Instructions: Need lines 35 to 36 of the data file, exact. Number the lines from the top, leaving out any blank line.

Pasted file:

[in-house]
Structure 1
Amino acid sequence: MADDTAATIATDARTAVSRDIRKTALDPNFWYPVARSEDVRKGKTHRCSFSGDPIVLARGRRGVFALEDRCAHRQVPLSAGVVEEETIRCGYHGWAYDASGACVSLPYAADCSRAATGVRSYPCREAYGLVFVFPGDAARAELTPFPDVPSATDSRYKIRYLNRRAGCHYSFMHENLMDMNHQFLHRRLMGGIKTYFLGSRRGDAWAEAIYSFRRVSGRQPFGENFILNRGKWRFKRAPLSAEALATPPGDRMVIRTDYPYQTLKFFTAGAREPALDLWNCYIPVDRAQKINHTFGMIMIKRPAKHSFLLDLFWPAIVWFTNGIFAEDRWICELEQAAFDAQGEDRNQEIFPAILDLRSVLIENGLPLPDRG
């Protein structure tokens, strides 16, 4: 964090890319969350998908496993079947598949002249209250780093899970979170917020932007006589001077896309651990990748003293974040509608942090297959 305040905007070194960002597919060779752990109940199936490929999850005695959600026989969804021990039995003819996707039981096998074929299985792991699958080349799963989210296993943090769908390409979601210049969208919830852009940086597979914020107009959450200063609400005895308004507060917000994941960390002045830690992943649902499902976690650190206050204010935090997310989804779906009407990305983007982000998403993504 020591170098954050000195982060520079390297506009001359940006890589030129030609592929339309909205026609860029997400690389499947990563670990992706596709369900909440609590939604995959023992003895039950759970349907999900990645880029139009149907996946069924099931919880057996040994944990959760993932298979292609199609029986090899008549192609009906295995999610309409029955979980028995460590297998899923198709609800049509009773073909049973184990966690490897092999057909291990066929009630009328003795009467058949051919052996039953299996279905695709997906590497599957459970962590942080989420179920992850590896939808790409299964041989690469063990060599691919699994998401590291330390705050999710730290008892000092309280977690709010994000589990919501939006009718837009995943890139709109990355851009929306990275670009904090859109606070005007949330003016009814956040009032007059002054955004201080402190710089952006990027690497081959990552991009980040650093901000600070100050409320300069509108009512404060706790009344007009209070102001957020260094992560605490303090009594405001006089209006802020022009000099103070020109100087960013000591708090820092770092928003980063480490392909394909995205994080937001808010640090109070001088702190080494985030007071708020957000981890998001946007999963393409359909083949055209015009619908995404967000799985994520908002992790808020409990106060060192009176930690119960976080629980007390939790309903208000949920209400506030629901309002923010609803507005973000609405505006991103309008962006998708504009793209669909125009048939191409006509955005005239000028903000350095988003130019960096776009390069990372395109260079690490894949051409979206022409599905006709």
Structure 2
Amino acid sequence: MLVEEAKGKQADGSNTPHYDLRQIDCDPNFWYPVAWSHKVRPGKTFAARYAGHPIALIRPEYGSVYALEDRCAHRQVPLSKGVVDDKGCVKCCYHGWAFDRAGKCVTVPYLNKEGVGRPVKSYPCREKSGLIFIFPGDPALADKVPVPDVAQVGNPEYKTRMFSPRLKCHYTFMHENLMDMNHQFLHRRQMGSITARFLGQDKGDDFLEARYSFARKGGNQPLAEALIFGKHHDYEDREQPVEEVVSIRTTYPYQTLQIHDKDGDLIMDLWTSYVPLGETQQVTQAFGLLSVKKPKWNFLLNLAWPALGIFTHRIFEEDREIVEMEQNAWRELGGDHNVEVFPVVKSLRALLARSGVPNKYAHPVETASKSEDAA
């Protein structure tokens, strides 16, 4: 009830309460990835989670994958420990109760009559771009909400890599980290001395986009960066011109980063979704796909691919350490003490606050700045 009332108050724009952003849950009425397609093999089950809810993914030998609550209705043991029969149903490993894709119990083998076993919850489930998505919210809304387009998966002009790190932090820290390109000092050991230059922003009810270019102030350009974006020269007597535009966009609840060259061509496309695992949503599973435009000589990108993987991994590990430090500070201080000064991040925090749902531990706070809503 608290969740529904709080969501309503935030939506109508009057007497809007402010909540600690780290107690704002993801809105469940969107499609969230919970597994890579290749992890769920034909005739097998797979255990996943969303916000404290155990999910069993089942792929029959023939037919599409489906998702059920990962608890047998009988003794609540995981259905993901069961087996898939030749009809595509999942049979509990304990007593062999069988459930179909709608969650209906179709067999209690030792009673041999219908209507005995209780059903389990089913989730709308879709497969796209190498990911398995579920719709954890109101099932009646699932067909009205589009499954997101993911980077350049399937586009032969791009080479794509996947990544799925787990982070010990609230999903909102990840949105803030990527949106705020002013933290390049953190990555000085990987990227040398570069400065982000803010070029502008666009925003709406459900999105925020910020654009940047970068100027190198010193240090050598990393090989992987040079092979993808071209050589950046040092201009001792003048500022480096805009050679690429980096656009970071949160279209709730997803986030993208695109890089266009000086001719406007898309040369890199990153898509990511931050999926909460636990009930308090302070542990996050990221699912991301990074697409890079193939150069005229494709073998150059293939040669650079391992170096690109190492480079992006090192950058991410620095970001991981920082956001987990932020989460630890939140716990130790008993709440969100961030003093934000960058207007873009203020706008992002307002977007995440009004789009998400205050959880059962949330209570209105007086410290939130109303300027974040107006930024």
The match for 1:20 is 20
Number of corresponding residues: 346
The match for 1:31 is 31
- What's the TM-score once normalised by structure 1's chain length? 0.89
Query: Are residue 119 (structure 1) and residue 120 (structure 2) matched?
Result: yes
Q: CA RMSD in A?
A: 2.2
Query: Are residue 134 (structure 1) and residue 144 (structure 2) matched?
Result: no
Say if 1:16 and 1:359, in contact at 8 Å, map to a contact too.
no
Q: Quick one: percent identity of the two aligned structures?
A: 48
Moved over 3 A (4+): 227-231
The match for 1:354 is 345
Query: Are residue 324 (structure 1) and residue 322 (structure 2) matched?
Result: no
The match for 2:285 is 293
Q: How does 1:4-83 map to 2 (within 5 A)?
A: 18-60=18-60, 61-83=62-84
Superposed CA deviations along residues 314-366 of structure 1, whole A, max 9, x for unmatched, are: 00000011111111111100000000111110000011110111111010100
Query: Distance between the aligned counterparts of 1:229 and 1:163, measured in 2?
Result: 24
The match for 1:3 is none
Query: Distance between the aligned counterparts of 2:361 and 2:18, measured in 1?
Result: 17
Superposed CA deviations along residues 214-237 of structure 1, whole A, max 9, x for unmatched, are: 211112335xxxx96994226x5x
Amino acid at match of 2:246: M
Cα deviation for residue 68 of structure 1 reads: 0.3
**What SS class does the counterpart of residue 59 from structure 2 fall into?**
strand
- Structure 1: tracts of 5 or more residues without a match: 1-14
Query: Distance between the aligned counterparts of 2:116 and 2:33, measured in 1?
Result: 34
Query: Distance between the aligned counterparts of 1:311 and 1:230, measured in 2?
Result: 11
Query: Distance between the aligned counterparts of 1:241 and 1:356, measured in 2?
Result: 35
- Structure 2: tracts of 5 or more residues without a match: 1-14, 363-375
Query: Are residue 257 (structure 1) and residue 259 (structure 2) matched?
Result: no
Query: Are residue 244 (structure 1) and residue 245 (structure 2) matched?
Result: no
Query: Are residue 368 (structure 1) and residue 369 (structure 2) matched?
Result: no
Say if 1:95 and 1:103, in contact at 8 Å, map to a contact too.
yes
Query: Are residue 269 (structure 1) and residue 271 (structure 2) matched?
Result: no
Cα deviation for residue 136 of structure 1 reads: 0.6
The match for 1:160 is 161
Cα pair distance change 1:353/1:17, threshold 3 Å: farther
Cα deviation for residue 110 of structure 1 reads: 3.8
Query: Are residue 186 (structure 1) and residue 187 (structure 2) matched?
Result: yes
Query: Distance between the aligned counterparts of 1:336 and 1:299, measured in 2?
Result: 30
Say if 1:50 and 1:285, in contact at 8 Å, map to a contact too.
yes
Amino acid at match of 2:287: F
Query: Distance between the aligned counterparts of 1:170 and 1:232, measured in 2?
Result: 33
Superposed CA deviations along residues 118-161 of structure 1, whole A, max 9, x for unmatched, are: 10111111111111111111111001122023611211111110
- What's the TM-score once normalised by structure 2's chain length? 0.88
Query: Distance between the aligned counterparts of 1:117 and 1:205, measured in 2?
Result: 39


Superposed CA deviations along residues 214-237 of structure 1, whole A, max 9, x for unmatched, are: 211112335xxxx96994226x5x
Amino acid at match of 2:246: M